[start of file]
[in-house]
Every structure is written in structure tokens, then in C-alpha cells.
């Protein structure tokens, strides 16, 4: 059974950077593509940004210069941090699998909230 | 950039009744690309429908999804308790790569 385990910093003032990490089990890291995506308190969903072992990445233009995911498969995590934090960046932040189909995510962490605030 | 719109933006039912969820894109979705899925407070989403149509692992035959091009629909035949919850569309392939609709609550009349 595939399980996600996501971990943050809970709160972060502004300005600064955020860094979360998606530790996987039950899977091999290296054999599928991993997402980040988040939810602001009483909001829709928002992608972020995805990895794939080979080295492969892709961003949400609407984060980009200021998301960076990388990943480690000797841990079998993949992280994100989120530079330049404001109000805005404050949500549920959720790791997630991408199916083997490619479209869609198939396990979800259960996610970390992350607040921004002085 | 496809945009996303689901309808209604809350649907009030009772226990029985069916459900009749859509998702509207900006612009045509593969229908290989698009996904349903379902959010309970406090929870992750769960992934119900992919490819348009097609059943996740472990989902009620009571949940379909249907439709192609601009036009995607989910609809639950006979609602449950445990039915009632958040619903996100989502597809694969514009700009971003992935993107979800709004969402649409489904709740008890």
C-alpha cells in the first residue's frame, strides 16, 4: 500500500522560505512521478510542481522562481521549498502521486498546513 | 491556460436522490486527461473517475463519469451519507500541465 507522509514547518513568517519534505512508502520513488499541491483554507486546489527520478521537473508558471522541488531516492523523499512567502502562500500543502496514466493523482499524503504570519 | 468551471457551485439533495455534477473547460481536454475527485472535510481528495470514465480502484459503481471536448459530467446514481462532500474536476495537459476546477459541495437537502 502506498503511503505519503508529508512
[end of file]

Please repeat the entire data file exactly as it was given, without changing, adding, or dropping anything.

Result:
[in-house]
Every structure is written in structure tokens, then in C-alpha cells.
């Protein structure tokens, strides 16, 4: 059974950077593509940004210069941090699998909230 | 950039009744690309429908999804308790790569 385990910093003032990490089990890291995506308190969903072992990445233009995911498969995590934090960046932040189909995510962490605030 | 719109933006039912969820894109979705899925407070989403149509692992035959091009629909035949919850569309392939609709609550009349 595939399980996600996501971990943050809970709160972060502004300005600064955020860094979360998606530790996987039950899977091999290296054999599928991993997402980040988040939810602001009483909001829709928002992608972020995805990895794939080979080295492969892709961003949400609407984060980009200021998301960076990388990943480690000797841990079998993949992280994100989120530079330049404001109000805005404050949500549920959720790791997630991408199916083997490619479209869609198939396990979800259960996610970390992350607040921004002085 | 496809945009996303689901309808209604809350649907009030009772226990029985069916459900009749859509998702509207900006612009045509593969229908290989698009996904349903379902959010309970406090929870992750769960992934119900992919490819348009097609059943996740472990989902009620009571949940379909249907439709192609601009036009995607989910609809639950006979609602449950445990039915009632958040619903996100989502597809694969514009700009971003992935993107979800709004969402649409489904709740008890």
C-alpha cells in the first residue's frame, strides 16, 4: 500500500522560505512521478510542481522562481521549498502521486498546513 | 491556460436522490486527461473517475463519469451519507500541465 507522509514547518513568517519534505512508502520513488499541491483554507486546489527520478521537473508558471522541488531516492523523499512567502502562500500543502496514466493523482499524503504570519 | 468551471457551485439533495455534477473547460481536454475527485472535510481528495470514465480502484459503481471536448459530467446514481462532500474536476495537459476546477459541495437537502 502506498503511503505519503508529508512